Read This Before You Buy AGCO Corporation (NYSE:AGCO) Because Of Its P/E Ratio

This article is written for those who want to get better at using price to earnings ratios (P/E ratios). We’ll show how you can use AGCO Corporation’s (NYSE:AGCO) P/E ratio to inform your assessment of the investment opportunity. AGCO has a price to earnings ratio of 18.21, based on the last twelve months. That corresponds to an earnings yield of approximately 5.5%.

See our latest analysis for AGCO

How Do You Calculate A P/E Ratio?

The formula for P/E is:

Price to Earnings Ratio = Price per Share ÷ Earnings per Share (EPS)

Or for AGCO:

P/E of 18.21 = $65.97 ÷ $3.62 (Based on the year to December 2018.)

Is A High P/E Ratio Good?

A higher P/E ratio implies that investors pay a higher price for the earning power of the business. That isn’t a good or a bad thing on its own, but a high P/E means that buyers have a higher opinion of the business’s prospects, relative to stocks with a lower P/E.

How Growth Rates Impact P/E Ratios

P/E ratios primarily reflect market expectations around earnings growth rates. When earnings grow, the ‘E’ increases, over time. That means unless the share price increases, the P/E will reduce in a few years. So while a stock may look expensive based on past earnings, it could be cheap based on future earnings.

AGCO increased earnings per share by a whopping 55% last year. And it has improved its earnings per share by 8.6% per year over the last three years. So we’d generally expect it to have a relatively high P/E ratio. Unfortunately, earnings per share are down 18% a year, over 5 years.

How Does AGCO’s P/E Ratio Compare To Its Peers?

The P/E ratio essentially measures market expectations of a company. If you look at the image below, you can see AGCO has a lower P/E than the average (20.5) in the machinery industry classification.

NYSE:AGCO Price Estimation Relative to Market, March 11th 2019
NYSE:AGCO Price Estimation Relative to Market, March 11th 2019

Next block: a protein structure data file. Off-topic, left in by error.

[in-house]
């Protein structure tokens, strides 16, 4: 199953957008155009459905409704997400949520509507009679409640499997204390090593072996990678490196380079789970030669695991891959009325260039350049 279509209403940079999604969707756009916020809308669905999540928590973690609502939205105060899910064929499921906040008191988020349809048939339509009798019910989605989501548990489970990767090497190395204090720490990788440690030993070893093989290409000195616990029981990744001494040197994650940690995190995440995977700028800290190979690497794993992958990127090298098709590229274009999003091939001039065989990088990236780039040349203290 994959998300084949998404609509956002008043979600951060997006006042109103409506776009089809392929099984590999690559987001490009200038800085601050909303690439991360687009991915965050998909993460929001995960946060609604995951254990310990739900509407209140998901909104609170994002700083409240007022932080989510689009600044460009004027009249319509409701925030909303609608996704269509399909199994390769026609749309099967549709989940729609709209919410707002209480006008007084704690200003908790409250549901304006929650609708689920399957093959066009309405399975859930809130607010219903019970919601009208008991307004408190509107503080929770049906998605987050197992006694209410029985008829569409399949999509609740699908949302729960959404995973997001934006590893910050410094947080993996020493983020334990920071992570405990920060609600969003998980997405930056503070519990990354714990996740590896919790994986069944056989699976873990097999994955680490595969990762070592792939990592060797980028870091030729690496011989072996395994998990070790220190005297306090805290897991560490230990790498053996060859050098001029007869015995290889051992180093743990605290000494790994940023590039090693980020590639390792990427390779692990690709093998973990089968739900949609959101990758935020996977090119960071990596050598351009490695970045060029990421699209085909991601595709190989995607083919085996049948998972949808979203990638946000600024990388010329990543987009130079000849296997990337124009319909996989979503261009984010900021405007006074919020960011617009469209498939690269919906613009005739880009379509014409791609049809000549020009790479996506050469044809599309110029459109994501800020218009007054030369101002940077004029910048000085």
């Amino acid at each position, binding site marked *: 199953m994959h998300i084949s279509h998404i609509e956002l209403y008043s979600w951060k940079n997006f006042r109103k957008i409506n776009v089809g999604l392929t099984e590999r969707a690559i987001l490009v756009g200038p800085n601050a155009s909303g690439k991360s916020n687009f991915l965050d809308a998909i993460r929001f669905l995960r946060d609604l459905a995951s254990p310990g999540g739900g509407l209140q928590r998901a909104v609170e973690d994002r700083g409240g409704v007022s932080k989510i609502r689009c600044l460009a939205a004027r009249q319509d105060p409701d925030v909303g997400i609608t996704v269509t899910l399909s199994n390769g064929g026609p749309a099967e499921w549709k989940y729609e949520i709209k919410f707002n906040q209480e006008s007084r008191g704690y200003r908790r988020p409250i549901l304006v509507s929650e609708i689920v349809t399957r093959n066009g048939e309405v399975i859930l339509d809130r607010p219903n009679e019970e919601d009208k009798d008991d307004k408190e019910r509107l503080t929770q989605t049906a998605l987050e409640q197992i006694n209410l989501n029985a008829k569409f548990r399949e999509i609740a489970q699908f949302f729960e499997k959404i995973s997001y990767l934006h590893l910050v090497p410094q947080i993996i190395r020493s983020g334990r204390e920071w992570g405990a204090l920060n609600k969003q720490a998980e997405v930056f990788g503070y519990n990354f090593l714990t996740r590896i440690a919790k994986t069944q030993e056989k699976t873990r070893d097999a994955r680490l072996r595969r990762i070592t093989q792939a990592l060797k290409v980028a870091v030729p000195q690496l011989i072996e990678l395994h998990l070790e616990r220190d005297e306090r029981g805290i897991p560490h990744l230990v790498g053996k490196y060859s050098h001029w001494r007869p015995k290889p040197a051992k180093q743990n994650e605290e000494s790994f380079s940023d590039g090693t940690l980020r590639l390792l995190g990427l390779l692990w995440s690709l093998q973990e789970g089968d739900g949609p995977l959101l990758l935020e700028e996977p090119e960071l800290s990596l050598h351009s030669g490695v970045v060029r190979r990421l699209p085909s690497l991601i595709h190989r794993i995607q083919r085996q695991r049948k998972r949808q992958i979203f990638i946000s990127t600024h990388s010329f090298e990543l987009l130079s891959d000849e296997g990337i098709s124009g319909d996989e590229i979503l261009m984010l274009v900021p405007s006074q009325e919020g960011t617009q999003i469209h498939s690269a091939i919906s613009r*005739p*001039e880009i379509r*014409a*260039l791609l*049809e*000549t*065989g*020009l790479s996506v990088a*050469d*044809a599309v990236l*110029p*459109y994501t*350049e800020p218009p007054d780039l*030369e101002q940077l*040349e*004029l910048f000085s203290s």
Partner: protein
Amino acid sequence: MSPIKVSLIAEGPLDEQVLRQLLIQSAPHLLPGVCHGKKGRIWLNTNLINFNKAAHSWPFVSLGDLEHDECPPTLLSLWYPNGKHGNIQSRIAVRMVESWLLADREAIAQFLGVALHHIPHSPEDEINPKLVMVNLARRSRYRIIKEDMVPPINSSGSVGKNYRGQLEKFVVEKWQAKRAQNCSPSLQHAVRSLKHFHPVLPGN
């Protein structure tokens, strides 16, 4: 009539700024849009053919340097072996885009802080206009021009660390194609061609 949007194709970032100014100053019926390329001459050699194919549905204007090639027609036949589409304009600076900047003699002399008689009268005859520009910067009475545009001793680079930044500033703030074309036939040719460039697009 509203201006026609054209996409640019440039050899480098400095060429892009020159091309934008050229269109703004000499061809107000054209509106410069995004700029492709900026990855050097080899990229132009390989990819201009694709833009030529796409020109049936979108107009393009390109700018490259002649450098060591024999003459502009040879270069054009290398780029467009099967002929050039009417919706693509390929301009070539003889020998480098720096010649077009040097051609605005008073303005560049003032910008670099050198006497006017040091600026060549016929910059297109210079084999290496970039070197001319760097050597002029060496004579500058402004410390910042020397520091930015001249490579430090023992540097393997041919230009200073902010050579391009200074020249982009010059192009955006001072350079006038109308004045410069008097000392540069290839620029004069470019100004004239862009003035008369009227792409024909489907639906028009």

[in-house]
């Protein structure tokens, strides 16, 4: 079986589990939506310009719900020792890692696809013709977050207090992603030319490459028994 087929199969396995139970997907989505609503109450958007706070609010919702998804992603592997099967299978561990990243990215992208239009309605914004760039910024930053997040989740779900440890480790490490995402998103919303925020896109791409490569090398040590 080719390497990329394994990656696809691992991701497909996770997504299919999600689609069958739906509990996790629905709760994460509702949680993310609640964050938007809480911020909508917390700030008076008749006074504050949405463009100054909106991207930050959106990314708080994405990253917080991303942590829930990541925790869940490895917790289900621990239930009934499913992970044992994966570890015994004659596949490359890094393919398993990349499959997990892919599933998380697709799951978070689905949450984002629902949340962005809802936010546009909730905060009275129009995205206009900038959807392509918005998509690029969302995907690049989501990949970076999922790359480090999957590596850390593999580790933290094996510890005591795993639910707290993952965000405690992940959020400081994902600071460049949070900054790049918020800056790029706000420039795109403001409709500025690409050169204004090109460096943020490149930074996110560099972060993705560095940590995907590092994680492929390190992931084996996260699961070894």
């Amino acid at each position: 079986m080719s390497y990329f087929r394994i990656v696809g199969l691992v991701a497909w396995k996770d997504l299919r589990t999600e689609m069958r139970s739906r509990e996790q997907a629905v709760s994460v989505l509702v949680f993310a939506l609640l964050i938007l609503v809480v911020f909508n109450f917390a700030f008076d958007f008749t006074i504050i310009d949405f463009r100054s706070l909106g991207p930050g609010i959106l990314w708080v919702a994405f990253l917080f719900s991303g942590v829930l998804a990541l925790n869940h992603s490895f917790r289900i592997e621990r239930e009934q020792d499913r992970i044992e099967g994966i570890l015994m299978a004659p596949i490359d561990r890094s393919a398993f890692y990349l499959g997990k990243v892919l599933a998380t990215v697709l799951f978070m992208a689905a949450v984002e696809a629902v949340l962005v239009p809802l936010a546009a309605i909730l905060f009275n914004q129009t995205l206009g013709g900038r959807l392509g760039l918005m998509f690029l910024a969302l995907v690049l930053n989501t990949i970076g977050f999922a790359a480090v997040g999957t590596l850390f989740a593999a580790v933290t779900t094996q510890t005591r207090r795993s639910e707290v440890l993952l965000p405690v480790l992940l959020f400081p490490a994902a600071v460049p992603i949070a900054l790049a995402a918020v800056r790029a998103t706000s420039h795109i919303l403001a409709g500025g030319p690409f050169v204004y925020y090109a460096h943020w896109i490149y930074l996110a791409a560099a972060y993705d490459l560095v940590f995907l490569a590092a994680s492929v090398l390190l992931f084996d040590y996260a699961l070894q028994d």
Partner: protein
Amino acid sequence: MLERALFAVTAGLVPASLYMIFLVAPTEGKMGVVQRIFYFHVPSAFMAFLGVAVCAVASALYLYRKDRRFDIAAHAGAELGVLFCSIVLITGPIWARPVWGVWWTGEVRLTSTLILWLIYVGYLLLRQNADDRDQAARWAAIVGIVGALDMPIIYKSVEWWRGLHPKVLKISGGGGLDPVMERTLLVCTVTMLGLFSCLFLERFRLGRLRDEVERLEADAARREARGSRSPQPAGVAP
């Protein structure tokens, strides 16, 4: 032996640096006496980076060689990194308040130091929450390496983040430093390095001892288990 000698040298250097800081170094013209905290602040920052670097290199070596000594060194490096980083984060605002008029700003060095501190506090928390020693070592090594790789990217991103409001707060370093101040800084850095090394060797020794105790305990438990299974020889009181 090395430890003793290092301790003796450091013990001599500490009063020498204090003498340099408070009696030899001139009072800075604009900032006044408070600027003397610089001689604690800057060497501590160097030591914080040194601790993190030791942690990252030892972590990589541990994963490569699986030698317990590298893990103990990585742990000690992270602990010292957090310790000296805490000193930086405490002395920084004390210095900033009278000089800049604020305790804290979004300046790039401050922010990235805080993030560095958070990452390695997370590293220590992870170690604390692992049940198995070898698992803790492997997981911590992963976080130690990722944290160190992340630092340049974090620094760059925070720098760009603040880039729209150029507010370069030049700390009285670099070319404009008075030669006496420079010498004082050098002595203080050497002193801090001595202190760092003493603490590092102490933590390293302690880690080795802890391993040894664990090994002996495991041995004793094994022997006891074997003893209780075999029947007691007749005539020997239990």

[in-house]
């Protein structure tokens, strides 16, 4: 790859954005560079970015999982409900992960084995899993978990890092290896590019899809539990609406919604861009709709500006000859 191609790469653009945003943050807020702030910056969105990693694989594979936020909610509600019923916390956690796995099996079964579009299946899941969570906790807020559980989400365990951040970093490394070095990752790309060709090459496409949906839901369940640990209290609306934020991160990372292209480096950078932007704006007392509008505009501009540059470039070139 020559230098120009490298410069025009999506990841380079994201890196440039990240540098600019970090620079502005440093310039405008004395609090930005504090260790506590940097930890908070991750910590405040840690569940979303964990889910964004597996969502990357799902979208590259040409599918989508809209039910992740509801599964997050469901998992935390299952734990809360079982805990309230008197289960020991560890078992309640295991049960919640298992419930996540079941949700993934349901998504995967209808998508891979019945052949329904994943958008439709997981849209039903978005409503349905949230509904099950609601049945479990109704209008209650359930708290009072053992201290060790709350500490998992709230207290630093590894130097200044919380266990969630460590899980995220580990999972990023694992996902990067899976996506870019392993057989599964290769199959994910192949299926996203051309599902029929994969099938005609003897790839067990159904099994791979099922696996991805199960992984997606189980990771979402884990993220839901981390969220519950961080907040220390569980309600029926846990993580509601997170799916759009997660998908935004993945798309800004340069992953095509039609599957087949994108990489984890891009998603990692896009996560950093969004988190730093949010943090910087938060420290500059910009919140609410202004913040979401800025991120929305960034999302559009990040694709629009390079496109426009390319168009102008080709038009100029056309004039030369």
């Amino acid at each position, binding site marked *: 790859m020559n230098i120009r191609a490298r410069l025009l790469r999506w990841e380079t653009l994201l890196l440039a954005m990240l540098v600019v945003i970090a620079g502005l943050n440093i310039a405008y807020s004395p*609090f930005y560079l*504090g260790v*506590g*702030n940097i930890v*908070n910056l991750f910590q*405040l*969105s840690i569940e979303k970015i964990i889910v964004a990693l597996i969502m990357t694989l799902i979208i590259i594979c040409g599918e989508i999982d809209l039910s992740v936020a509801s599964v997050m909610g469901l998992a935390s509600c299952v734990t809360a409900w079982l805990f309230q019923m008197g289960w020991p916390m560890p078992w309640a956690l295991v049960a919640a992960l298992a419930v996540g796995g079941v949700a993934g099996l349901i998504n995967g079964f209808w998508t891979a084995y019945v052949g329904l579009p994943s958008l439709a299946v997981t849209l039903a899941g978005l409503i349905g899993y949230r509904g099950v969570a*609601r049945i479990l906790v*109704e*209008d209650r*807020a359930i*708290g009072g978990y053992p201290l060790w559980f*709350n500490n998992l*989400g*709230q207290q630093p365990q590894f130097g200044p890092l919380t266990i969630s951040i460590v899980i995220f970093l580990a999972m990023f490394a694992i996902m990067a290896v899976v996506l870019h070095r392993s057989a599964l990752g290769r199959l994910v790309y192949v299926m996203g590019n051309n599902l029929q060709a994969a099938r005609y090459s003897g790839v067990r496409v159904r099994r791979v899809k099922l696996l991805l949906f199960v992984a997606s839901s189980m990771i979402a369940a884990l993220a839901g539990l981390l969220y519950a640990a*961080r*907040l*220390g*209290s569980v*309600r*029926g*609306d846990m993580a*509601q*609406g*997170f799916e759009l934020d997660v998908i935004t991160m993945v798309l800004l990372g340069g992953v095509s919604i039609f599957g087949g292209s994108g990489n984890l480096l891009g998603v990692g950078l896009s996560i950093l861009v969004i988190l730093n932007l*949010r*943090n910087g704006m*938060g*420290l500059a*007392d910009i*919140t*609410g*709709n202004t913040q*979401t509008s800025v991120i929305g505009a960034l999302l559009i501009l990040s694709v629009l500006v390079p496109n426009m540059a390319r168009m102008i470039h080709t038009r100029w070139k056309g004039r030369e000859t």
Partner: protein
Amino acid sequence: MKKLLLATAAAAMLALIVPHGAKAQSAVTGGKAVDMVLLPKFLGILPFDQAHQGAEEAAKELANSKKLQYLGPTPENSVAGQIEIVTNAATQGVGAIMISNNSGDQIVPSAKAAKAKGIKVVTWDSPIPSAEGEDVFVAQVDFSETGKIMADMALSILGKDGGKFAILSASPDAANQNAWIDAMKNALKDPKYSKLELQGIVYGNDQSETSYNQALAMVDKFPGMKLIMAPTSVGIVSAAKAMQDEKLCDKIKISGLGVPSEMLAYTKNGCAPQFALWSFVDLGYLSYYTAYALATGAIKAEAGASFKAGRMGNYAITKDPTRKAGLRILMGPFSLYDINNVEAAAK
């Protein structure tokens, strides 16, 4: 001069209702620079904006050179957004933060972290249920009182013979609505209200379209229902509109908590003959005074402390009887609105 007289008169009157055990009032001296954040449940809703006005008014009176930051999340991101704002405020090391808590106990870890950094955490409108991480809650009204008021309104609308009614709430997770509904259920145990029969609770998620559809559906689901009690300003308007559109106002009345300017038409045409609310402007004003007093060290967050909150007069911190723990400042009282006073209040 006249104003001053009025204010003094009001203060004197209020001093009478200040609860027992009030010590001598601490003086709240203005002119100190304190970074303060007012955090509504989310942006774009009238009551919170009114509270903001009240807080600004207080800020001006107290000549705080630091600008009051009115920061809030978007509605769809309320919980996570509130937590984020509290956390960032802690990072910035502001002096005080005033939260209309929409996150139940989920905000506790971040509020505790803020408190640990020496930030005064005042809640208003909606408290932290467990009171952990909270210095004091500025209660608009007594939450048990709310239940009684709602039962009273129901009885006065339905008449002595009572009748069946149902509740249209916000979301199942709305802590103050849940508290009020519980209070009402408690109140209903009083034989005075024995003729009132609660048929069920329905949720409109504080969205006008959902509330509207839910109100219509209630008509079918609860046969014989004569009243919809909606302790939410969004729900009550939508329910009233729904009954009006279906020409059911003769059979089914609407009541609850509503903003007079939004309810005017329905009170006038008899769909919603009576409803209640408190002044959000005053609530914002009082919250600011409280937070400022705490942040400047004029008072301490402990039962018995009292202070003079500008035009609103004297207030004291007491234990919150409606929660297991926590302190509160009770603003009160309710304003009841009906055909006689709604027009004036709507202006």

AGCO’s P/E tells us that market participants think it will not fare as well as its peers in the same industry. While current expectations are low, the stock could be undervalued if the situation is better than the market assumes. You should delve deeper. I like to check if company insiders have been buying or selling.

A Limitation: P/E Ratios Ignore Debt and Cash In The Bank

Don’t forget that the P/E ratio considers market capitalization. In other words, it does not consider any debt or cash that the company may have on the balance sheet. Theoretically, a business can improve its earnings (and produce a lower P/E in the future), by taking on debt (or spending its remaining cash).

Such spending might be good or bad, overall, but the key point here is that you need to look at debt to understand the P/E ratio in context.

How Does AGCO’s Debt Impact Its P/E Ratio?

AGCO has net debt worth 22% of its market capitalization. It would probably deserve a higher P/E ratio if it was net cash, since it would have more options for growth.

The Bottom Line On AGCO’s P/E Ratio

AGCO has a P/E of 18.2. That’s around the same as the average in the US market, which is 17.4. With only modest debt levels, and strong earnings growth, the market seems to doubt that the growth can be maintained. Because analysts are predicting more growth in the future, one might have expected to see a higher P/E ratio. You can taker closer look at the fundamentals, here.

Investors have an opportunity when market expectations about a stock are wrong. People often underestimate remarkable growth — so investors can make money when fast growth is not fully appreciated. So this free visual report on analyst forecasts could hold the key to an excellent investment decision.

Of course you might be able to find a better stock than AGCO. So you may wish to see this free collection of other companies that have grown earnings strongly.

We aim to bring you long-term focused research analysis driven by fundamental data. Note that our analysis may not factor in the latest price-sensitive company announcements or qualitative material.

If you spot an error that warrants correction, please contact the editor at editorial-team@simplywallst.com. This article by Simply Wall St is general in nature. It does not constitute a recommendation to buy or sell any stock, and does not take account of your objectives, or your financial situation. Simply Wall St has no position in the stocks mentioned. Thank you for reading.